3. Project teams are required to pursue LEEDTM Certification through the U.S. Green Building Council and develop a strategy to achieve LEEDTM Silver level rating of the most applicable LEEDTM Rating system.
16.60.060 Procedures and responsibilities.

1. The Metropolitan Government departments, agencies, boards or commissions undertaking a construction project subject to the provisions of this chapter and the Department of Codes Administration are responsible for ensuring that facilities and buildings comply with Section 16.60.050.
2. The Department of Codes Administration is further responsible for coordinating with Metropolitan Government departments any educational and technical resources available that support and promote sustainable design and construction of Metropolitan Government facilities.
3. Project managers for projects pursuing LEED TM certification are required to submit proof of LEED TM registration and a LEED TM scorecard indicating all points which a project intends to pursue to the Department of Codes Administration at the time an application for the building permit is filed. Without submission of the aforementioned LEED TM proof of registration and scorecard, the Director of the Department of Codes Administration shall hold the building permit application until said documents are provided evidencing that the project is pursuing LEED TM Silver certification.
16.60.070 Budgeting and financing.
All capital construction which falls under this policy is required to budget LEEDTM design standards in the development of a Metropolitan Government funded facility. Budget planning and life cycle cost analysis to achieve LEEDTM Silver rating is required.

16.60.080 Training.
Metropolitan Government departments, agencies, boards and commissions subject to the provisions of this chapter shall coordinate the LEEDTM training for persons managing the construction of their respective projects.

16.60.090 Implementation.
1. The sustainable development design standards shall be forwarded to the Metropolitan Department of Codes Administration for review consistent with the above referenced policy objectives.
2. The purchasing agent shall assist and review all request for proposals (RFP) and invitations to bid (ITB) documents to ensure consistency with this article.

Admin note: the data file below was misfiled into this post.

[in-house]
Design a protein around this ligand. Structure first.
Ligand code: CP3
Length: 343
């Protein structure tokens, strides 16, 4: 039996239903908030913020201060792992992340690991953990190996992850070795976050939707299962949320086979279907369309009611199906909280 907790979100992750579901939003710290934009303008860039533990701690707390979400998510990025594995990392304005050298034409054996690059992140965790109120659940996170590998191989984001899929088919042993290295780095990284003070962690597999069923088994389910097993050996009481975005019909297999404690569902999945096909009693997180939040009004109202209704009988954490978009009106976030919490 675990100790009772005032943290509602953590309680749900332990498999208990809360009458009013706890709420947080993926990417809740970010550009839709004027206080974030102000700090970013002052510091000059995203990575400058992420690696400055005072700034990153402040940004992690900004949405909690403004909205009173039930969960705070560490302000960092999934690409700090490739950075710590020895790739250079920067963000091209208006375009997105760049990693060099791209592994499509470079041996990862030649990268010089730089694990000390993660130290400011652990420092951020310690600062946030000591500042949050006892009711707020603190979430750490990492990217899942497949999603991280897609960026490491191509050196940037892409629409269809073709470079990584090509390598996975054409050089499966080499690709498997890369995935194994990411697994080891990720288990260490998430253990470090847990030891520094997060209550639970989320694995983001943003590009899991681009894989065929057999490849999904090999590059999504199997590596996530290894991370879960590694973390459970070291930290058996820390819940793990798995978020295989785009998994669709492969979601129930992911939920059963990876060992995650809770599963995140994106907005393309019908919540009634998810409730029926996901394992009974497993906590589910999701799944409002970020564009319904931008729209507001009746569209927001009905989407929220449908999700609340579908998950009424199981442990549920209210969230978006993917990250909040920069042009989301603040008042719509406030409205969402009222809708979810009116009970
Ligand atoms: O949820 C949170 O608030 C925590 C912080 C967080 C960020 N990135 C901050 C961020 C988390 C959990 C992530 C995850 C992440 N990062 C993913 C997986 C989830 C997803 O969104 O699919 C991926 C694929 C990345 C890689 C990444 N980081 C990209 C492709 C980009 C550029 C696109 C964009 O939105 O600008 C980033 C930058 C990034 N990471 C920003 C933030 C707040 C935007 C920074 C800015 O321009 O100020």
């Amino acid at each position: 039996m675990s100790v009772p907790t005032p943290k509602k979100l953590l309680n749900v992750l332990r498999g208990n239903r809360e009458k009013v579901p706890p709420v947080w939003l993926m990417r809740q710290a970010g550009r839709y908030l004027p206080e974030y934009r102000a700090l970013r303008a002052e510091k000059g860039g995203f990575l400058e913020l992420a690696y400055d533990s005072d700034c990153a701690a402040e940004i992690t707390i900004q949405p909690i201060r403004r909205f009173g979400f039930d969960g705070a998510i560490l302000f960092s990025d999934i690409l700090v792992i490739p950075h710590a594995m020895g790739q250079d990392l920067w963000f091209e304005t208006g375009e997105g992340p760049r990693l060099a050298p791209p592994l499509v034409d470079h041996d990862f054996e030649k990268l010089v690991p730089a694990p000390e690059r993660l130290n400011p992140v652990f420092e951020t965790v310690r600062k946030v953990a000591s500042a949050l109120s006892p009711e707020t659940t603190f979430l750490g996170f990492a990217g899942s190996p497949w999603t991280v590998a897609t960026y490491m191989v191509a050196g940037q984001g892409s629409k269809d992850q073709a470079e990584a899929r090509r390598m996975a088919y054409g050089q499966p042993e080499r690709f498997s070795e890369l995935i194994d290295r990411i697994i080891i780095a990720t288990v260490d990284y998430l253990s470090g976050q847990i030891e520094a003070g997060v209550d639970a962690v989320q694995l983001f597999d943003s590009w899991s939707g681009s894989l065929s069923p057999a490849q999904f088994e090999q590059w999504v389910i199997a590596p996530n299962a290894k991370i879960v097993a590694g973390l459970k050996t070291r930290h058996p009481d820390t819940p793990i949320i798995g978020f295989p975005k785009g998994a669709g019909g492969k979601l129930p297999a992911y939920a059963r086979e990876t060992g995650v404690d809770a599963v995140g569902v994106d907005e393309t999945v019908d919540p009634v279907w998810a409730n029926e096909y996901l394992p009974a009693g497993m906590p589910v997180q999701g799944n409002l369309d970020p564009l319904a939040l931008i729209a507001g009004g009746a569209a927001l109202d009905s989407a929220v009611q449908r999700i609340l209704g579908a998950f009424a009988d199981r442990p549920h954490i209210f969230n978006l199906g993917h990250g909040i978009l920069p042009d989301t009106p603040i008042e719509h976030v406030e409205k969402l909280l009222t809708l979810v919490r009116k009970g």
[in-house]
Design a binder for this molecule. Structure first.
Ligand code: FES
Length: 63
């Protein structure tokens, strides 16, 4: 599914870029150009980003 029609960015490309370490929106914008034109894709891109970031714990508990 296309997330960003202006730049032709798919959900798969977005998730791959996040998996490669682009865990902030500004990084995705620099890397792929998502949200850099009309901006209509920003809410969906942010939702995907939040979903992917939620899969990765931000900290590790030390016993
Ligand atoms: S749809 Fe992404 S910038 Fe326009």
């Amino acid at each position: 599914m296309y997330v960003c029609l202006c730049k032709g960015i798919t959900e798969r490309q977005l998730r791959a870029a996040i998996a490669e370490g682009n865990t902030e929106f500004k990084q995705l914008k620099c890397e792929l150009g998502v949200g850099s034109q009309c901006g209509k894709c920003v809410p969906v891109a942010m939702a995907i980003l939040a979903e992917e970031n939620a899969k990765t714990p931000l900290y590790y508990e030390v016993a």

16.60.100 Exemptions.
1. The Metropolitan Government Sustainable Development Design Guidelines of achieving LEEDTM Silver status shall not apply to current Metropolitan Government facilities that have been approved as part of the fiscal year 2006-2007 capital spending plan for planning, land acquisition and/or construction. However, these projects shall still implement Metropolitan Government Sustainable Development Design Guidelines and strategies to the maximum extent possible and practicable.
2. Metropolitan Government facility construction projects that are to remain predominately unoccupied or to predominately serve specialized functions are not subject to the government's sustainable development design guidelines. For purposes of this subsection, "specialized functions" include thermal transfer functions, solid and/or toxic waste disposal functions, water and wastewater treatment functions, warehouse and/or storage functions, and mechanical functions. The Director of the Department of Codes Administration shall make a determination as to whether a facility construction project is to serve a predominately specialized function using the meaning of the phrase contained in this subsection.
3. Even though projects may become exempt from the government's required sustainable development design guidelines, project teams are required to complete a LEEDTM Project Scorecard for each project as an evaluation of a projects sustainable design potential. Project teams are encouraged to apply the relevant portions of Metropolitan Government Sustainable Development Design Guidelines and to develop goals that increase the environmental, social, and economic benefits of the project. The Department of Codes Administration shall retain the LEEDTM certification status of each construction project subject to the provisions of this chapter.

Section 2. This Ordinance shall take effect from and after its passage, the welfare of The Metropolitan Government of Nashville and Davidson County requiring it.

Sponsored by: David Briley, Erik Cole, Greg Adkins, Mike Jameson

Amendment No. 1
Substitute Ordinance No. BL2007-1374

Mr. President:

I move to amend Substitute Ordinance No. BL2007-1374 by amending Section 1

by deleting the phrase “, provided that the provisions of this chapter shall not apply to

the Metropolitan Board of Public Education, the Metropolitan Transit Authority or the

Metropolitan Development and Housing Agency”, wherein it appears in the new Code

Section 16.60.030.

Sponsored by: Ludye Wallace


Introduced: February 20, 2007
Passed First Reading: February 20, 2007
Referred to: Codes Committee
Deferred: March 20, 2007
Deferred: April 3, 2007
Deferred: April 17, 2007
Deferred Indefinitely:
(Rule 22)

April 17, 2007
Substitute Introduced: May 15, 2007
Amended: May 15, 2007
Passed Second Reading: May 15, 2007
Passed Third Reading: June 5, 2007
Approved: June 5, 2007